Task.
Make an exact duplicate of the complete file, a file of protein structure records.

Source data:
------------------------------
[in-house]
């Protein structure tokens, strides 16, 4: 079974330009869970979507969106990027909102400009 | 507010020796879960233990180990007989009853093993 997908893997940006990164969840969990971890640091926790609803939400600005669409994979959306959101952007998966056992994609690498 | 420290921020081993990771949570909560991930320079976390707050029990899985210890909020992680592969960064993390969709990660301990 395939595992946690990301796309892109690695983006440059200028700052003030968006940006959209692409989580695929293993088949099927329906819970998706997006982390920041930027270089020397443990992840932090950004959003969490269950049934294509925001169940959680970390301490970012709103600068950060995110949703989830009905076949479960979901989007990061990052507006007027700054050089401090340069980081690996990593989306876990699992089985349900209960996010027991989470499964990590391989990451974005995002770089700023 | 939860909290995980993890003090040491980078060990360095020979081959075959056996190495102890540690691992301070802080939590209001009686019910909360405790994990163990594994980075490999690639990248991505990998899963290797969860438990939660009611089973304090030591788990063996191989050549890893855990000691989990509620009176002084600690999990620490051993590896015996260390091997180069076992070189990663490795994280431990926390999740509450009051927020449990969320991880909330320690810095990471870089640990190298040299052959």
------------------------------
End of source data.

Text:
[in-house]
């Protein structure tokens, strides 16, 4: 079974330009869970979507969106990027909102400009 | 507010020796879960233990180990007989009853093993 997908893997940006990164969840969990971890640091926790609803939400600005669409994979959306959101952007998966056992994609690498 | 420290921020081993990771949570909560991930320079976390707050029990899985210890909020992680592969960064993390969709990660301990 395939595992946690990301796309892109690695983006440059200028700052003030968006940006959209692409989580695929293993088949099927329906819970998706997006982390920041930027270089020397443990992840932090950004959003969490269950049934294509925001169940959680970390301490970012709103600068950060995110949703989830009905076949479960979901989007990061990052507006007027700054050089401090340069980081690996990593989306876990699992089985349900209960996010027991989470499964990590391989990451974005995002770089700023 | 939860909290995980993890003090040491980078060990360095020979081959075959056996190495102890540690691992301070802080939590209001009686019910909360405790994990163990594994980075490999690639990248991505990998899963290797969860438990939660009611089973304090030591788990063996191989050549890893855990000691989990509620009176002084600690999990620490051993590896015996260390091997180069076992070189990663490795994280431990926390999740509450009051927020449990969320991880909330320690810095990471870089640990190298040299052959």